DRAGONS BLOG: The Red V comeback

It was when the Bunnies kicked a field goal on Friday night to go 13-12 up that I relaxed - because I knew the Dragons would win.It’s strange behaviour from a fan who has spent years watching games in fear, just waiting for the moment when we’ll throw it all away. And that moment usually came.Yet as Chris Sandow gave a little fist-pump after kicking that field goal in the 64th minute, I knew a win to the Dragons was inevitable.Which is strange behaviour from a fan who has been through enough grand final losses in last 30-odd years to know better than to ever count a game as won before the final siren.Yet the certainty was there - and it was a certainty.For mine that field goal was a sign of submission. An action that said ‘‘we’re buggered if we can figure out how to score a try so we’re just going to take a field goal’’.It was a compliment to the Dragons who, even though they weren’t quite up to scratch, were still good enough to limit the Bunnies options.(I should point out here, I’m not mocking the Bunnies. I think they’ve got a pretty good side in there somewhere but they just seem to lack focus and discipline. And make the wrong choices - such as kicking a field goal way too early.)And I knew that, with 16 minutes still on the clock, there were eons of time for the Dragons to make up a measly one-point deficit. Which they did, courtesy of Neville Costigan’s decision to run it on the last (though I’m sure I wasn’t the only one who thought at the time ‘‘what the hell is Nev doing running the ball on the last?’’).The play ended with Gasnier scoring - thus guaranteeing the man with the Roger Ramjet jaw would be the focus on media coverage of a Dragons game for the second week in a row.What I loved most about the game was that we came from behind to win.At half-time we were down 6-4 - and our record of winning games when we’re down at half-time is awful and, early in the second half it went out to 12-4.In fact we were behind on the scoreboard for almost the entire game - from the fifth minute, when Bunny Roy Asotasti scored an embarrassingly easy try, until the Gasnier try in the 71st minute.For a season and a half now, the Dragons’ ability to chase points has been called into question - and rightly so. I’ve felt the same way, figuring that once we were behind on the scoreboard we got lost and didn’t quite know what to do.But this game, where they used their defence to keep the scoreline close and their patience to wait for the right time to attack, may well have gotten that monkey off their back.Now they know they can come from behind and win. Though, to be honest, it’s always a little easier on the nerves when they lead from the front.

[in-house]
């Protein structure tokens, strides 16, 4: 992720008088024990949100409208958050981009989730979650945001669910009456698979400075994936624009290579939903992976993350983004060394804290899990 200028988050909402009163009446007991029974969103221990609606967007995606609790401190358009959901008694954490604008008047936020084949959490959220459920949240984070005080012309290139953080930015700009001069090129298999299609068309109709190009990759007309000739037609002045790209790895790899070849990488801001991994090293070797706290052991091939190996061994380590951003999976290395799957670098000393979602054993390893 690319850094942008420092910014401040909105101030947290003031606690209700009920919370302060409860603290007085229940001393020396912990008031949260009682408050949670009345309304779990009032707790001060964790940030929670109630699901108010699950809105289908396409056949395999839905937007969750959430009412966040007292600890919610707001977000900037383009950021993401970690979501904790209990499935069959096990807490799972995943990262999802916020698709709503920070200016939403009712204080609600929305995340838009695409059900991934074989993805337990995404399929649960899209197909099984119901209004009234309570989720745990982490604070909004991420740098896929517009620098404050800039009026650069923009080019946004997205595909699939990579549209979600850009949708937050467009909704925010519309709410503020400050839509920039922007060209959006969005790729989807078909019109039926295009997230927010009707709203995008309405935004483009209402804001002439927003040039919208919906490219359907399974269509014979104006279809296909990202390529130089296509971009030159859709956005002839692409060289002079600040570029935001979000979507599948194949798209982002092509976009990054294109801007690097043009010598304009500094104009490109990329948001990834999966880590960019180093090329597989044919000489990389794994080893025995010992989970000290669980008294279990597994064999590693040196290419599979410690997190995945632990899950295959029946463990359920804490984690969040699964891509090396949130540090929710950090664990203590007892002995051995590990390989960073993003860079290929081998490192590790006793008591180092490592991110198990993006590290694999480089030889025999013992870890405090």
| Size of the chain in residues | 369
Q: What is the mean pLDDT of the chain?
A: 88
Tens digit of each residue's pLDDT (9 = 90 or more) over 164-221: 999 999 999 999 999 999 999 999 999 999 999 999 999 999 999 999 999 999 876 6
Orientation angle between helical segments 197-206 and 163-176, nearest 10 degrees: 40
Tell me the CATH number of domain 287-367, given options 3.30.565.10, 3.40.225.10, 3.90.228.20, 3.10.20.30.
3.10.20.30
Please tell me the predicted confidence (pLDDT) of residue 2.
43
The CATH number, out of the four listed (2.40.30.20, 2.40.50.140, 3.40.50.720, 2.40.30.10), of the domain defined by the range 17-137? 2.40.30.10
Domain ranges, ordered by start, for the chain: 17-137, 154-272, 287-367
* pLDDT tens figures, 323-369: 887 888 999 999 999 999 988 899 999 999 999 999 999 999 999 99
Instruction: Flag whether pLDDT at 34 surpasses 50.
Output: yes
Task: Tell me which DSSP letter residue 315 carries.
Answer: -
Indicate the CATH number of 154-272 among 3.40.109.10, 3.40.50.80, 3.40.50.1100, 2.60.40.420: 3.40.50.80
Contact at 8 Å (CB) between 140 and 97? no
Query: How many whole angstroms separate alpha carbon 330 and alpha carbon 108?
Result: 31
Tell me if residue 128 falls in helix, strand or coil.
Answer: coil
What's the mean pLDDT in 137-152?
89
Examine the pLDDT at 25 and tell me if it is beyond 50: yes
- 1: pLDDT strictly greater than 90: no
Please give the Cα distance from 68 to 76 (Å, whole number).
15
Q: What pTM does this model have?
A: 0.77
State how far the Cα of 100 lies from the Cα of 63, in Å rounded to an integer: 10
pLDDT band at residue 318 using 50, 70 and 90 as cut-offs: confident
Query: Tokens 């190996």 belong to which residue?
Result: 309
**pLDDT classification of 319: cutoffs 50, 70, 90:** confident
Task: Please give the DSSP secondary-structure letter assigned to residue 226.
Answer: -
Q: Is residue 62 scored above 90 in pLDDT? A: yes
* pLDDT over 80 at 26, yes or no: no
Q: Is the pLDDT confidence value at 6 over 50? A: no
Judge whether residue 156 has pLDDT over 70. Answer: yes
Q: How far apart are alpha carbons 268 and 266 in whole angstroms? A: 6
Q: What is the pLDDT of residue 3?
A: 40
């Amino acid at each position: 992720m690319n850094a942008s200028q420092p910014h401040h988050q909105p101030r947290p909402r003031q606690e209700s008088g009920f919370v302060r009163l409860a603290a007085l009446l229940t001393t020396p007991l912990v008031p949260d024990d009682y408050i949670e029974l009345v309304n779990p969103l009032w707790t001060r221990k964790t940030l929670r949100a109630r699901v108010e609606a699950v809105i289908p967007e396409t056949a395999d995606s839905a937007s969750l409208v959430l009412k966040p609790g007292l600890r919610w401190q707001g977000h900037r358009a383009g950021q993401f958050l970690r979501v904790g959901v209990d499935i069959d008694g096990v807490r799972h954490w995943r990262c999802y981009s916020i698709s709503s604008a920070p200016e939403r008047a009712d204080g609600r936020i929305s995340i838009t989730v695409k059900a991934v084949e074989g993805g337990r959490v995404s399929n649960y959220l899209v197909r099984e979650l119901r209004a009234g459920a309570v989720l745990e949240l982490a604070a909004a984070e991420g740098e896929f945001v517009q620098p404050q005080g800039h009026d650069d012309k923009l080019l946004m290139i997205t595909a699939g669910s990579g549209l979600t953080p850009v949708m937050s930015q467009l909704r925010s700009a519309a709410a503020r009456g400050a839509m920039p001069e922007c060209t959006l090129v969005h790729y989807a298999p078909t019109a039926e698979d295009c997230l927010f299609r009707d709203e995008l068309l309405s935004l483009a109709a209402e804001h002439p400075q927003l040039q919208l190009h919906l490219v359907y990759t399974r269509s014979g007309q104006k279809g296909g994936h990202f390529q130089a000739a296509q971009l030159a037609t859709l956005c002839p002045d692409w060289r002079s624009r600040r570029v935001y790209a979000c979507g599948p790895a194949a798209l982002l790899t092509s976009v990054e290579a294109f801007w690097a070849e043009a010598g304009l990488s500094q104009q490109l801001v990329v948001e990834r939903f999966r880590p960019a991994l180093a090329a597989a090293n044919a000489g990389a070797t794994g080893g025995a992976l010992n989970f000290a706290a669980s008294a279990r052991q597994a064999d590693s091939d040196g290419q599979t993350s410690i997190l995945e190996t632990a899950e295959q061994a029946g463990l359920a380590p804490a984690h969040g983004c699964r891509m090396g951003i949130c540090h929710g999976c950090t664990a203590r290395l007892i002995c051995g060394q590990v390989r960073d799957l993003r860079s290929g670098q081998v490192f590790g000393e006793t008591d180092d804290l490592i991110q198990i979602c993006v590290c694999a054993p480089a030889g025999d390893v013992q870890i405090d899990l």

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It’s all show for Autumn

It’s all show for Autumn

As well as a range of autumn flowers, including chrysanthemums, container grown plants, fruit and vegetables together with a section for giant vegetables are always a highlight of this show. Specialist growers will also be at the show.
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Opening hours are from 2pm to 5pm today and from 9am to 4pm tomorrow.

Admission is just $2. Morning and afternoon teas are available.